The information in these section will need to be periodically updated as things change such as income, interest rates, etc..

What Do You Think

So what do you think?  Is there something that you thing you would add or remove in your financial master plan?



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(6) Readers Comments

  1. Sounds like a great plan Ben!

    • Thanks Spencer!

  2. Great project! Here are some thoughts. I’m not sure where you want to put them in your outline.
    1. Need a current copy of your professional resume with reference letters if possible.
    2. Copy of your last will and testament.
    3. Copy of yours and your children health records like vaccination records.
    4. Always have about a months supply of cash on hand and your car with at least 1/2 tank of gas.

    I know you haven’t gotten into specifics yet, so forgive me for jumping the gun. Guiding principals might include to teach your children financial responsibility. If your children are not responsible, they can ruin any good financial plan quickly. Don’t spend money you don’t have. Don’t speculate. If it is too good to be true, it isn’t. Get off the American dream merry-go-round of forever accumulating and never being satisfied.

    I have struggled with the security question as well. Coming to the DR I concluded to scan nearly everything and put it into Dropbox in spite of the risks. I can’t carry everything around with me for 2 years in the DR and I can’t get my hands on things quickly if it is all at home. If my house burns and my computer crashes, I can still get it on Dropbox from any other computer. If I get Alzemhers and can’t remember how to get into Dropbox, then we are all in trouble!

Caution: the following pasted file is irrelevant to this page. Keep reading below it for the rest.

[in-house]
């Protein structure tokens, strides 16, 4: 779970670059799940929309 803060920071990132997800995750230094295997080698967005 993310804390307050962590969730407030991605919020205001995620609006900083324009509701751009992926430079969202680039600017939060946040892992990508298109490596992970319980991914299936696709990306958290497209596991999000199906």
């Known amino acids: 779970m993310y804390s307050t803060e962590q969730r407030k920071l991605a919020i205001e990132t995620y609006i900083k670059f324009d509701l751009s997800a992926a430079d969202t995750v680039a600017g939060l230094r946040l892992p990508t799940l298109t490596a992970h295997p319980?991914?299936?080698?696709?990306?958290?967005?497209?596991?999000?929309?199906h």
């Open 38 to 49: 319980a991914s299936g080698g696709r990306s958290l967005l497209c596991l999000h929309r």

Great web site! Keep up the good work. I am looking forward to your experiences.

    • These are great suggestions Wallace. I think I may just add your numbers 1 – 3.

  3. Great idea! Financial plans make for financial success!

  4. If anything should be taught in school it should be this subject. It amazing rare now days, or so it seems, for people to live below their means.
    Our budget changes constantly. Our budget of a few short years ago would not work today. So our budget is the here and now budget. What does work for us is being frugal and striving to be more self reliant. It requires more work but is well worth the effort in my opinion.